The question "What if Singapore has to choose between China and the United States?" featured prominently at a conference yesterday.
Professor Joseph Liow, dean of the S. Rajaratnam School of International Studies, said it is unlikely Singapore will reach that crossroad.
China's growing clout in the Asia-Pacific, and concerns that America's engagement with the region will weaken should it turn inward, had led some observers to wonder whether countries in the region will have to take sides at some point.
However, Prof Liow noted, among other factors, that the scope of bilateral relations between the US and China has expanded.
Both countries share a complex relationship with intertwining interests, which have expanded beyond trade and exchange rate issues to include topics such as territorial disputes, climate change and counter-terrorism efforts, he pointed out.
China will not want the US to "entirely disengage from the region", and neither does the US want to do so, Prof Liow told the annual Singapore Perspectives conference organised by the Institute of Policy Studies.Singapore has long maintained that it does not want to choose between powers.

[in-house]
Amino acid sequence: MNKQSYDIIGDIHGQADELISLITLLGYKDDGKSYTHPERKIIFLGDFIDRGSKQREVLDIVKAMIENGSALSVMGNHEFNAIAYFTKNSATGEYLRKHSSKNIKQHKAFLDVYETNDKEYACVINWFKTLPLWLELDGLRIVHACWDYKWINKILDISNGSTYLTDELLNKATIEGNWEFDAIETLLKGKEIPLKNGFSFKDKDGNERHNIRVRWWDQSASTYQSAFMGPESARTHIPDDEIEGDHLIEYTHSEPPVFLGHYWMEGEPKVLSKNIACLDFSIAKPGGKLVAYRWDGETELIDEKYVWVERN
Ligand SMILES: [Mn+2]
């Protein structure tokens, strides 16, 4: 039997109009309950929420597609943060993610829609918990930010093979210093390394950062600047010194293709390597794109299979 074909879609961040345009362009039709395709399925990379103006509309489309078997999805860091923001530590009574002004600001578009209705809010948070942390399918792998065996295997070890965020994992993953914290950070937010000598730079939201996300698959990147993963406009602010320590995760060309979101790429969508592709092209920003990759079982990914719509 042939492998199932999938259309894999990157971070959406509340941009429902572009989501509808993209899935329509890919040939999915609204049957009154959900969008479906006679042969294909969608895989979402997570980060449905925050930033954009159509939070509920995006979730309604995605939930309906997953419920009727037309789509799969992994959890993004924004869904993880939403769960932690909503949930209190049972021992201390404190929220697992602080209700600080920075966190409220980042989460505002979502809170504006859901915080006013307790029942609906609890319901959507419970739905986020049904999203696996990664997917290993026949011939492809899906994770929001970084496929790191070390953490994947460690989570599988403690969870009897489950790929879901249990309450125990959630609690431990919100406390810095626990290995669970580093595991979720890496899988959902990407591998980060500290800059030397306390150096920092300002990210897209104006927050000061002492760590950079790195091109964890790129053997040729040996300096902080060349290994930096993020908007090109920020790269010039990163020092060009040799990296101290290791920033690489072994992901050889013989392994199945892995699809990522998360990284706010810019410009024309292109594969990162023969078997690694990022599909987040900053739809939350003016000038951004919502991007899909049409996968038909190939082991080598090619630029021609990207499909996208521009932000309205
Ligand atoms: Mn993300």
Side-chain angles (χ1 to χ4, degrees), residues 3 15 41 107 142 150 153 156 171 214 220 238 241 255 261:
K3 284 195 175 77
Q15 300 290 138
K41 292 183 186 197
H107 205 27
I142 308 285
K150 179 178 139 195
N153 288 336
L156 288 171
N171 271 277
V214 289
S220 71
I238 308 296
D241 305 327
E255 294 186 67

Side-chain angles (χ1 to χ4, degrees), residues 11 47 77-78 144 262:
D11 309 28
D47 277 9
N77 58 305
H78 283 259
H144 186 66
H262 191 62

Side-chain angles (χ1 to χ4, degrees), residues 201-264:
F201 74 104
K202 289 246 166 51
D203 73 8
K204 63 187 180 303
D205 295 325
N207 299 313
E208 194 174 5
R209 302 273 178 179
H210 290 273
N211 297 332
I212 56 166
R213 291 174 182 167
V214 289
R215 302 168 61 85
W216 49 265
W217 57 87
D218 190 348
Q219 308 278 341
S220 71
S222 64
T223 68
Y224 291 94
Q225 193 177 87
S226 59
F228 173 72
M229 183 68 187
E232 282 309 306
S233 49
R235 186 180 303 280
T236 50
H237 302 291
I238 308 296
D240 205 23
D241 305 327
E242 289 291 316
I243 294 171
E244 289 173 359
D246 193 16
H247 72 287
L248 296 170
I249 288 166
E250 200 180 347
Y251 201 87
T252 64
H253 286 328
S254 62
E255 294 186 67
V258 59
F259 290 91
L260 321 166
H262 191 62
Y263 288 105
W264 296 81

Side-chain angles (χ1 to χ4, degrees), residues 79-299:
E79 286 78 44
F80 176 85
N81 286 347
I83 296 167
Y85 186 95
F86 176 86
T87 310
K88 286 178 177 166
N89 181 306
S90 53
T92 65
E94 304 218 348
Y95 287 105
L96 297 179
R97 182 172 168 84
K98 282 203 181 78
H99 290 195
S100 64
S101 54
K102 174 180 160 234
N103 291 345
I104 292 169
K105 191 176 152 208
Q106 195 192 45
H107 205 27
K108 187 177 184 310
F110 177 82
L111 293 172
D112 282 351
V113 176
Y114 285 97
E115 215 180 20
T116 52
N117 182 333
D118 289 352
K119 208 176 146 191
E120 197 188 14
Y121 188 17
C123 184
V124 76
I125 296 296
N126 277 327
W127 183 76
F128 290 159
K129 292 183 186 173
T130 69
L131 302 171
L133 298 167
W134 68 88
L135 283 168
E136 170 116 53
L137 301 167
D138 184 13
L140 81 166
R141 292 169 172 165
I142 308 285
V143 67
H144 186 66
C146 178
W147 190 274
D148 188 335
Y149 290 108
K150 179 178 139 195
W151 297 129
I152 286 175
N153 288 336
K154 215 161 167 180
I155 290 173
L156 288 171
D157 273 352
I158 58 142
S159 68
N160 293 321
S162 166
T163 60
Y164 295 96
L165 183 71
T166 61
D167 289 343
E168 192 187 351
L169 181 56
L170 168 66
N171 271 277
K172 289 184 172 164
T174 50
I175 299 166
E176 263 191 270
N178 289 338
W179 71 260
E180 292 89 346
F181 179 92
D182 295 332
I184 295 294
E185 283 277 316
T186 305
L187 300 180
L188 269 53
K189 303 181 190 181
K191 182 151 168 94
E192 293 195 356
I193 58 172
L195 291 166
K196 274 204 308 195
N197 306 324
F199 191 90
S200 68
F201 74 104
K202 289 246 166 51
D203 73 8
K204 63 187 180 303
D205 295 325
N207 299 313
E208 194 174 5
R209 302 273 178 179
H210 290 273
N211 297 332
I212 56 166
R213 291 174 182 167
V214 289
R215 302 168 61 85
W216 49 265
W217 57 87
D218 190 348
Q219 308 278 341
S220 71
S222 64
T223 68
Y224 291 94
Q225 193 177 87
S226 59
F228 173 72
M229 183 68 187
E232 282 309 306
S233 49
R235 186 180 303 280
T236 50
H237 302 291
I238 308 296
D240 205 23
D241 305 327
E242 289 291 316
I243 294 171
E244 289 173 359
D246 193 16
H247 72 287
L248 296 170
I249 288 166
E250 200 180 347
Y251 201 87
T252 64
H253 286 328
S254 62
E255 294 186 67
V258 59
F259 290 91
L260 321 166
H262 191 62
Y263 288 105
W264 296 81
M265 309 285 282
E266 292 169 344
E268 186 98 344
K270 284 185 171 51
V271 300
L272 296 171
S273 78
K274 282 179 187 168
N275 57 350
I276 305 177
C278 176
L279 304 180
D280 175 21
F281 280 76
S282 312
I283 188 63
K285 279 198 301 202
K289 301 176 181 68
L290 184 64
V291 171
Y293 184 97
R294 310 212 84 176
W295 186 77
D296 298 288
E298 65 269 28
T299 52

Still, Prof Liow noted that recent developments in Malaysia and the Philippines have been portrayed as the countries making a choice.
At another panel, Education Minister (Higher Education and Skills) Ong Ye Kung was asked about some of the hardest policy choices within the PAP. He cited the shifting geopolitical landscape as one issue.
Meanwhile, Banyan Tree executive chairman Ho Kwon Ping said Singapore could face its first major crisis if relations between the US and China worsen to a point where it has to pick a side.
Should Singapore ever have to make a choice, said Prof Liow, it will need to consider these terms:
First, the choice must be based on national interest, and not on countries. It should also not be made "at gunpoint", he said.
The superpower should also not interfere in domestic politics, though ensuring this will pose a challenge for the government of the day, he said.
Singapore also needs to be mindful of how other countries will interpret its move.
Prof Liow also highlighted two other points to keep in mind - that other Asean states are also navigating the same dilemma, and that there are other major players who have a hand in determining the state of regional affairs - such as Japan, Australia and Russia.
What Singapore should do, said Prof Liow, is to "look into diversifying engagement ... with external players of consequence in regional affairs".